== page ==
He awoke early, and, rising, opened his window to inhale the fresh air. In a few moments he seated himself at his table, dipped his pen in the ink, rested his head upon his hand and thought — but in vain! However, he was not discouraged, but in thought reassured himself: “Bah, I am not accustomed to it! It is a profession that must be learned like all professions. Some one must help me the first time. I’ll go to Forestier. He’ll start my article for me in ten minutes.”
When he reached the street, Duroy decided that it was rather early to present himself at his friend’s house, so he strolled along under the trees on one of the boulevards for a time. On arriving at Forestier’s door, he found his friend going out.
“You here — at this hour! Can I do anything for you?”
Duroy stammered in confusion: “I— I— cannot write that article on Algeria that M. Walter wants. It is not very surprising, seeing that I have never written anything. It requires practice. I could write very rapidly, I am sure, if I could make a beginning. I have the ideas but I cannot express them.” He paused and hesitated.
Forestier smiled maliciously: “I understand that.”
Duroy continued: “Yes, anyone is liable to have that trouble at the beginning; and, well — I have come to ask you to help me. In ten minutes you can set me right. You can give me a lesson in style; without you I can do nothing.”
The other smiled gaily. He patted his companion’s arm and said to him: “Go to my wife; she will help you better than I can. I have trained her for that work. I have not time this morning or I would do it willingly.”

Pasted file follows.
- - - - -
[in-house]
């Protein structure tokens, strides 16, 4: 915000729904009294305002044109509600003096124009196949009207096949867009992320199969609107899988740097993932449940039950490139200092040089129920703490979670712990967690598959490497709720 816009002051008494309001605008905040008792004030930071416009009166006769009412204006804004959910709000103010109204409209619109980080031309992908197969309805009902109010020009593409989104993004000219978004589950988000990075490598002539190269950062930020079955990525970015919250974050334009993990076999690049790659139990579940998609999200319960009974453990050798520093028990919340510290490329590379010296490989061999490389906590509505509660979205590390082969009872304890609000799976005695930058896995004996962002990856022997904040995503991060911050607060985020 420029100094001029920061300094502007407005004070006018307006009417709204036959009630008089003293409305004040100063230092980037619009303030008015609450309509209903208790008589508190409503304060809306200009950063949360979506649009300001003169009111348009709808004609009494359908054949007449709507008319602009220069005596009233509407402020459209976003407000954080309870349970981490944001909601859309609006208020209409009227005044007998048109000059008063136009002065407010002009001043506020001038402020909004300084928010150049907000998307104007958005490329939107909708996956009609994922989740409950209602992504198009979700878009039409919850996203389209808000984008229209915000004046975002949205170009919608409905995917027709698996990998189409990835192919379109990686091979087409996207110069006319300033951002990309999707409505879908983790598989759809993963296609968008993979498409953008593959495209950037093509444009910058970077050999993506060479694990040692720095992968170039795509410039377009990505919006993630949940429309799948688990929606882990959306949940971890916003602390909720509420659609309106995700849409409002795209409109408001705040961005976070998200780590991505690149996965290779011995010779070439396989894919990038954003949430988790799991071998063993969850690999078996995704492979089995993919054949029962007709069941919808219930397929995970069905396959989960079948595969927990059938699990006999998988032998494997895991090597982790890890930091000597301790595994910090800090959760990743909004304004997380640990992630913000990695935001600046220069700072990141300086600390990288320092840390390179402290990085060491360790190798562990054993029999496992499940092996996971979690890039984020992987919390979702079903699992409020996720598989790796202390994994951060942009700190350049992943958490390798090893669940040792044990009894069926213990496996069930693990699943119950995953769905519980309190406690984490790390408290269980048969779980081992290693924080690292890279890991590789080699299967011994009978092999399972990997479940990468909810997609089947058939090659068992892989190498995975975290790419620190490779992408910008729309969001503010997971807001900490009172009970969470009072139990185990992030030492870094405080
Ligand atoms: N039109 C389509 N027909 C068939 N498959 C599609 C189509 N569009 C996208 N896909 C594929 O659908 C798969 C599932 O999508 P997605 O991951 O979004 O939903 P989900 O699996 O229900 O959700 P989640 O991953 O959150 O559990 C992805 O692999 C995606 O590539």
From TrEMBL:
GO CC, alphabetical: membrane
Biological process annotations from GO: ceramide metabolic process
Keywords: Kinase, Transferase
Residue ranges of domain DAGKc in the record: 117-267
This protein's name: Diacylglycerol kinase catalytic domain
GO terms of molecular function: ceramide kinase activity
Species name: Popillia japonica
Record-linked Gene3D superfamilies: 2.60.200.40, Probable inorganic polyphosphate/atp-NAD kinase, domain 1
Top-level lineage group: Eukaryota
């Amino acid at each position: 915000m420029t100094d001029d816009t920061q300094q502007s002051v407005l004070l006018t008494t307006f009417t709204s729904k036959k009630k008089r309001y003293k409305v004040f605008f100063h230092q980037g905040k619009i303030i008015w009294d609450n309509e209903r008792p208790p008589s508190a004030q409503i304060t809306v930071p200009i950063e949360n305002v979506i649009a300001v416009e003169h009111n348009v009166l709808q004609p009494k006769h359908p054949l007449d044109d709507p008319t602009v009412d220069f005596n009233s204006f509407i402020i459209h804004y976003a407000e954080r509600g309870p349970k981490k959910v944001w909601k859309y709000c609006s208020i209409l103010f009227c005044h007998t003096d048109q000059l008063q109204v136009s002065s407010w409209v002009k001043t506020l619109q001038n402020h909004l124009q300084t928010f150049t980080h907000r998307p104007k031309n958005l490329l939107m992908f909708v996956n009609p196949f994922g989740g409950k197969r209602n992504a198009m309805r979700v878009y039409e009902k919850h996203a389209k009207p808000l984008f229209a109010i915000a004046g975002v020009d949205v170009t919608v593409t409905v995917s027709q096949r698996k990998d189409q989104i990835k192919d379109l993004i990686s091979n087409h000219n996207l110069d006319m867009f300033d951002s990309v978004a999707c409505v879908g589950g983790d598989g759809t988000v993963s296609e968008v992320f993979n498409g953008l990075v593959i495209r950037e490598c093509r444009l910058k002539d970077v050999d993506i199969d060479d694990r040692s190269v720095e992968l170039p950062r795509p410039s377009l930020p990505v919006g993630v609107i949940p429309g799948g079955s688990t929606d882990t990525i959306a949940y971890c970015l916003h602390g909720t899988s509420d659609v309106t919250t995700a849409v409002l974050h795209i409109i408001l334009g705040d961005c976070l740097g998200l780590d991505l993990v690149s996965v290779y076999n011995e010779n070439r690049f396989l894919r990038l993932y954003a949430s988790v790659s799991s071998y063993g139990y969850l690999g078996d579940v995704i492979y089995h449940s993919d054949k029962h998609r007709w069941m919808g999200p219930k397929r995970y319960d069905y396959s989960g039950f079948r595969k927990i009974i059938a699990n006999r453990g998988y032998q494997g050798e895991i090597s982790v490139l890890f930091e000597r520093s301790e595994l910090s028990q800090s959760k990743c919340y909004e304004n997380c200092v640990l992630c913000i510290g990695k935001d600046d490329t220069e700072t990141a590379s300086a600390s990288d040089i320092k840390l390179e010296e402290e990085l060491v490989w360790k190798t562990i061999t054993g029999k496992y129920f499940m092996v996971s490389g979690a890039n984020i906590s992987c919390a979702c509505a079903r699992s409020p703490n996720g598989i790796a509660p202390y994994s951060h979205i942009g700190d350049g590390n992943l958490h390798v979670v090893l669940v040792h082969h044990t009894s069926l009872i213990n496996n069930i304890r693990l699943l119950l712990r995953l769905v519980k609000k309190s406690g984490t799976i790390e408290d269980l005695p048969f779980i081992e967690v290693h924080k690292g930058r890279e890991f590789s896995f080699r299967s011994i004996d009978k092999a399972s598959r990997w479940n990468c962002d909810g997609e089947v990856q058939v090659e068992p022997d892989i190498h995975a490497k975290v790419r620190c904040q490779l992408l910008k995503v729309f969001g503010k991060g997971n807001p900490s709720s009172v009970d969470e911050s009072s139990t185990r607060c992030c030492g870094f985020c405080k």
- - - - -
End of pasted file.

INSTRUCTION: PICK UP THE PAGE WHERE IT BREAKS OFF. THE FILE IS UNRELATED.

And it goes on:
But Duroy hesitated: “At this hour I cannot inquire for her.”
“Oh, yes, you can; she has risen. You will find her in my study.”
“I will go, but I shall tell her you sent me!”
Forestier walked away, and Duroy slowly ascended the stairs, wondering what he should say and what kind of a reception he would receive.
The servant who opened the door said: “Monsieur has gone out.”
Duroy replied: “Ask Mme. Forestier if she will see me, and tell her that M. Forestier, whom I met on the street, sent me.”
The lackey soon returned and ushered Duroy into Madame’s presence. She was seated at a table and extended her hand to him.
“So soon?” said she. It was not a reproach, but a simple question.
He stammered: “I did not want to come up, Madame, but your husband, whom I met below, insisted — I dare scarcely tell you my errand — I worked late last night and early this morning, to write the article on Algeria which M. Walter wants — and I did not succeed — I destroyed all my attempts — I am not accustomed to the work — and I came to ask Forestier to assist me — his once.”
She interrupted with a laugh: “And he sent you to me?”
“Yes, Madame. He said you could help me better than he — but — I dared not — I did not like to.”
“It will be delightful to work together that way. I am charmed with your idea. Wait, take my chair, for they know my handwriting on the paper — we will write a successful article.”